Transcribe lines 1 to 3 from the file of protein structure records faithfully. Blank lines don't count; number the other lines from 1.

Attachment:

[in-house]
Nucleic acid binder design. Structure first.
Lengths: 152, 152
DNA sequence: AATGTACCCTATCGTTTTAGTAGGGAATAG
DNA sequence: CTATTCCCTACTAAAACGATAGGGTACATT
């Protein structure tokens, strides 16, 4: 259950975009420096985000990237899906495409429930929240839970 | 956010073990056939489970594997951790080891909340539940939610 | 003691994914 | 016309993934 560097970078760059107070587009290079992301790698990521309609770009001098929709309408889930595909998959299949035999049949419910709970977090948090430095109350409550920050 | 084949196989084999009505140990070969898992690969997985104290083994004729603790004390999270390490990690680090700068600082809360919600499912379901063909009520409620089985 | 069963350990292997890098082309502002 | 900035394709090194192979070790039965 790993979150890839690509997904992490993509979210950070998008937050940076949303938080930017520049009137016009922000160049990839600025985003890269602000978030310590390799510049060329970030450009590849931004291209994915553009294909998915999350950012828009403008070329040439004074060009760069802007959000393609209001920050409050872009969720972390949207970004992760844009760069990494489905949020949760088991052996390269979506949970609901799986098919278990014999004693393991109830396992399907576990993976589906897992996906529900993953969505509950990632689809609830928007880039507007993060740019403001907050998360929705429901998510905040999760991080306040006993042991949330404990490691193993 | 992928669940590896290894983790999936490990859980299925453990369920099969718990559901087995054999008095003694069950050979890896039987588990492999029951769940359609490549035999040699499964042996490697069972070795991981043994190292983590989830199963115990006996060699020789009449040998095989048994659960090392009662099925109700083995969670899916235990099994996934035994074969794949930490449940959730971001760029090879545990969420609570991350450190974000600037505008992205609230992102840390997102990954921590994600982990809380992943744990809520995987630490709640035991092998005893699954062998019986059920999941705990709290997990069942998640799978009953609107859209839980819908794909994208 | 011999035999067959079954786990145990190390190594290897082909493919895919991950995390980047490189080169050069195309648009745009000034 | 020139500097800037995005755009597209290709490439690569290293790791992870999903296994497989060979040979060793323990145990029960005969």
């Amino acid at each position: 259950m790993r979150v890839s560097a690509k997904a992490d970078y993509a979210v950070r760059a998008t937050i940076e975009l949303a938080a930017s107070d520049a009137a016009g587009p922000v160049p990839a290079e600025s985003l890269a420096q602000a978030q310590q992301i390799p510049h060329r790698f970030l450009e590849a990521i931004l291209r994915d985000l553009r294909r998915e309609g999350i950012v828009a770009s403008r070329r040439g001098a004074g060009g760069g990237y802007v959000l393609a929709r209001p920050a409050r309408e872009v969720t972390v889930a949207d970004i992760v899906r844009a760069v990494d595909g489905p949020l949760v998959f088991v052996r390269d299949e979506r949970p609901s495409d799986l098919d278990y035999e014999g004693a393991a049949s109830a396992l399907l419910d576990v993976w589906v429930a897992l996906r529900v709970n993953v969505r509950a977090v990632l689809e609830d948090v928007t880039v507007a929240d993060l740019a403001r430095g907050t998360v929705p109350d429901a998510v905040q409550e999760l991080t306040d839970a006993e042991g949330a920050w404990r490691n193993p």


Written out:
[in-house]
Nucleic acid binder design. Structure first.
Lengths: 152, 152